Ramadan and pregnancy | The Daily Star
12:00 AM, June 04, 2018 / LAST MODIFIED: 12:00 AM, June 04, 2018

Ramadan and pregnancy

Pregnancy is quite a demanding time for the body in terms of the nutrition. The impact of fasting during pregnancy may depend on the overall health of the mother, the stage of pregnancy and the time of year Ramadan occurs. There could also be other complications like constipation, headaches, indigestion, lethargy etc.

During Ramadan, it is important to take supplements (folic acid and vitamin D) and maintain a balanced healthy diet in order to provide all the nutrients that the baby will require. Focus on quality rather than quantity.

Sehri is one of the most important meals during Ramadan, as it determines the energy we have through the rest of the day. It also decreases hunger pangs, headaches and drowsiness. Sehri should be a wholesome, filling meal with high-fibre foods and complex carbohydrates, such as whole grains, pulses, nuts, dried fruits, bananas or dates. Our body takes longer to break down and absorb these types of food, meaning they will provide a consistent source of energy throughout the day.

A variety of healthy food and plenty of drinks are mandatory when a mother breaks her fast at dusk. There is no ideal meal plan that they should strictly follow. However, here are a few recommendations:

Three dates and fruit juice (for bringing sugar levels back to normal) per day.

Milk or yoghurt.

A few slices of fresh fruit and salad made from fresh seasonal vegetables

Chapati/flattened rice (chira)/puffed rice (muri) are a source of carbohydrates. As are complex carbohydrates such as wholegrain, potatoes, and other root vegetables, brown rice, wholemeal pasta and seeds.

High-fibre foods, such as pulses, vegetables and dried fruits. These will also help to prevent constipation.

Protein from well-cooked meat, chicken, fish, or lentils (dal), chickpeas (kabuli chana), beans, well-cooked eggs, soya products, tofu or paneer. Haleem, a thick stew made from pounded wheat and mutton, is also a good way to go, but it should definitely be home-made. Protein will help the baby grow well.

Limit high-sugar, high-fat desserts to no more than once a week. Fresh fruit is a much better alternative. Avoid having lots of sugary food that will raise our blood sugar levels quickly, as it could then drop quickly, making you feel faint and dizzy.

Make sure to include leafy green vegetables at iftar as a good source of folic acid and iron.

It's fine to eat a few dates or dried dates from time to time. They are better than processed sweets. However, overeating dates may lead to excessive weight gain in pregnancy. Mothers diagnosed with gestational diabetes should avoid it.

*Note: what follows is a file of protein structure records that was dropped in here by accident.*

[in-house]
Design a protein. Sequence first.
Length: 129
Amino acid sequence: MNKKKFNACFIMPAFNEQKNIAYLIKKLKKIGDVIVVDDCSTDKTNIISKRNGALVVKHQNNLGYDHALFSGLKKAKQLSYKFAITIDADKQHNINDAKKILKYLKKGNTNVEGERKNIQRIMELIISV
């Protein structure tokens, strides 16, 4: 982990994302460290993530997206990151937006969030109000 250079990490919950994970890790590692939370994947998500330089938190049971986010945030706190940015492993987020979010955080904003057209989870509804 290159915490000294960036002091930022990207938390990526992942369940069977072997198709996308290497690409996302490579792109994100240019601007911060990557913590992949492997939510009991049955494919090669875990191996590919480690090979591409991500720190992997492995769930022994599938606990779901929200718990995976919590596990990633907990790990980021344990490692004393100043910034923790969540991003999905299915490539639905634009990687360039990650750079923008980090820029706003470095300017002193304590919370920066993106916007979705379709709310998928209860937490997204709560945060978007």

Also, limit the amount of coffee and tea intake as they are diuretics, meaning they cause the body to lose more water when urinating, which could lead to dehydration. Drinking tea with food can reduce the amount of iron your body is able to absorb. One shouldn't have more than 200mg of caffeine a day when pregnant. Remember that chocolate, fizzy drinks and green tea also contain some caffeine.

If an expectant mother feels dizzy, faint, weak, confused or tired during fasting, even after resting, she should break her fast with a sweet drink to replace lost sugar and fluids, and a salty snack to replace lost salt, or an oral rehydration solution, and contact a doctor immediately. Also avoid consuming salty food, especially at sehri, as it could make her feel even thirstier.

Finally, avoid having any kind of snack or food directly before sleeping. This could cause acidity or heartburn. Lying down for one hour after food intake is ideal at the time of pregnancy.



We are all aware of the harmful effects of tobacco, and the month of Ramadan is the perfect time to keep that in mind. The purpose of the fast is to help develop self-restraint, self-purification, compassion, the spirit of caring and sharing and the love of humanity. It will help us to pledge ourselves to quit tobacco in this holy month.

This year, with the fast lasting over 14 hours, people will have to manage without a cigarette or chewing tobacco from dawn to dusk. It's been proven that after 8 hours, the nicotine and carbon monoxide levels in the blood are reduced by more than half, and after 48 hours, the body and the lungs become carbon monoxide free. If we are capable of abstaining from smoking from sunrise to sunset, it means that tobacco is something we can avoid by our own will, and ambition.

Studies showed that a smoker in Bangladesh would have to spend 5.5 percent of the national median income to purchase 10 of the cheapest cigarettes to smoke each day. It would be better to use the money as charity (Sadakah) or for buying gifts for loved ones instead, and act as a motivational factor to quitting tobacco. So this Eid ul-Fitr could be our golden opportunity to quit smoking for good, and live a healthier life.

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